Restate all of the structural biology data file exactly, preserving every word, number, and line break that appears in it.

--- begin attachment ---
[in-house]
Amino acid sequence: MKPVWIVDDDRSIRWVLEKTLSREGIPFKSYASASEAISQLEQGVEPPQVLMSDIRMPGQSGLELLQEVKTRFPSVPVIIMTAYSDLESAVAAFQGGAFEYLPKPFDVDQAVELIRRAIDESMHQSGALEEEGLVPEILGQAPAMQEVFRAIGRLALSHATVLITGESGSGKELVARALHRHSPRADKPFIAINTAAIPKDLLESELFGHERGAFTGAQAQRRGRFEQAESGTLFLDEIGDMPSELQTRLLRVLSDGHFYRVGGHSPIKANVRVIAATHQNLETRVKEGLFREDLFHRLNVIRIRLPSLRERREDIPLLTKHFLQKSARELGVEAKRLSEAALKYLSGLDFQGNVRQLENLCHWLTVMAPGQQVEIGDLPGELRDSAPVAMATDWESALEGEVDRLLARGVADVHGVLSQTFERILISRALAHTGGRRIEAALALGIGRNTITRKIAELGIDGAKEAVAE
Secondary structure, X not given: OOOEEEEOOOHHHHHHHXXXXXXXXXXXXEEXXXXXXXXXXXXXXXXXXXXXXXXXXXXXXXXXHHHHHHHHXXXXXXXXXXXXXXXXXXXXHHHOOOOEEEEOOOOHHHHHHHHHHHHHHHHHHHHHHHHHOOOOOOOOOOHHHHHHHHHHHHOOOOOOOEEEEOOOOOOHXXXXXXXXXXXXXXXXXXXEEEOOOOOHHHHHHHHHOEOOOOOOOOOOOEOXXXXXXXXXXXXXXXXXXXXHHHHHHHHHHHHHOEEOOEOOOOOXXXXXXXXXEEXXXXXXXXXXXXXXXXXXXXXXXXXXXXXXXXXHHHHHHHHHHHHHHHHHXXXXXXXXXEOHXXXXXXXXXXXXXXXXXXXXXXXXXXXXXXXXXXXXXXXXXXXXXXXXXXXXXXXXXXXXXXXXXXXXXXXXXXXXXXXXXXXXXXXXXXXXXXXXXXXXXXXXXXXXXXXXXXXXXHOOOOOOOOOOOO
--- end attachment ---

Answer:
[in-house]
Amino acid sequence: MKPVWIVDDDRSIRWVLEKTLSREGIPFKSYASASEAISQLEQGVEPPQVLMSDIRMPGQSGLELLQEVKTRFPSVPVIIMTAYSDLESAVAAFQGGAFEYLPKPFDVDQAVELIRRAIDESMHQSGALEEEGLVPEILGQAPAMQEVFRAIGRLALSHATVLITGESGSGKELVARALHRHSPRADKPFIAINTAAIPKDLLESELFGHERGAFTGAQAQRRGRFEQAESGTLFLDEIGDMPSELQTRLLRVLSDGHFYRVGGHSPIKANVRVIAATHQNLETRVKEGLFREDLFHRLNVIRIRLPSLRERREDIPLLTKHFLQKSARELGVEAKRLSEAALKYLSGLDFQGNVRQLENLCHWLTVMAPGQQVEIGDLPGELRDSAPVAMATDWESALEGEVDRLLARGVADVHGVLSQTFERILISRALAHTGGRRIEAALALGIGRNTITRKIAELGIDGAKEAVAE
Secondary structure, X not given: OOOEEEEOOOHHHHHHHXXXXXXXXXXXXEEXXXXXXXXXXXXXXXXXXXXXXXXXXXXXXXXXHHHHHHHHXXXXXXXXXXXXXXXXXXXXHHHOOOOEEEEOOOOHHHHHHHHHHHHHHHHHHHHHHHHHOOOOOOOOOOHHHHHHHHHHHHOOOOOOOEEEEOOOOOOHXXXXXXXXXXXXXXXXXXXEEEOOOOOHHHHHHHHHOEOOOOOOOOOOOEOXXXXXXXXXXXXXXXXXXXXHHHHHHHHHHHHHOEEOOEOOOOOXXXXXXXXXEEXXXXXXXXXXXXXXXXXXXXXXXXXXXXXXXXXHHHHHHHHHHHHHHHHHXXXXXXXXXEOHXXXXXXXXXXXXXXXXXXXXXXXXXXXXXXXXXXXXXXXXXXXXXXXXXXXXXXXXXXXXXXXXXXXXXXXXXXXXXXXXXXXXXXXXXXXXXXXXXXXXXXXXXXXXXXXXXXXXXHOOOOOOOOOOOO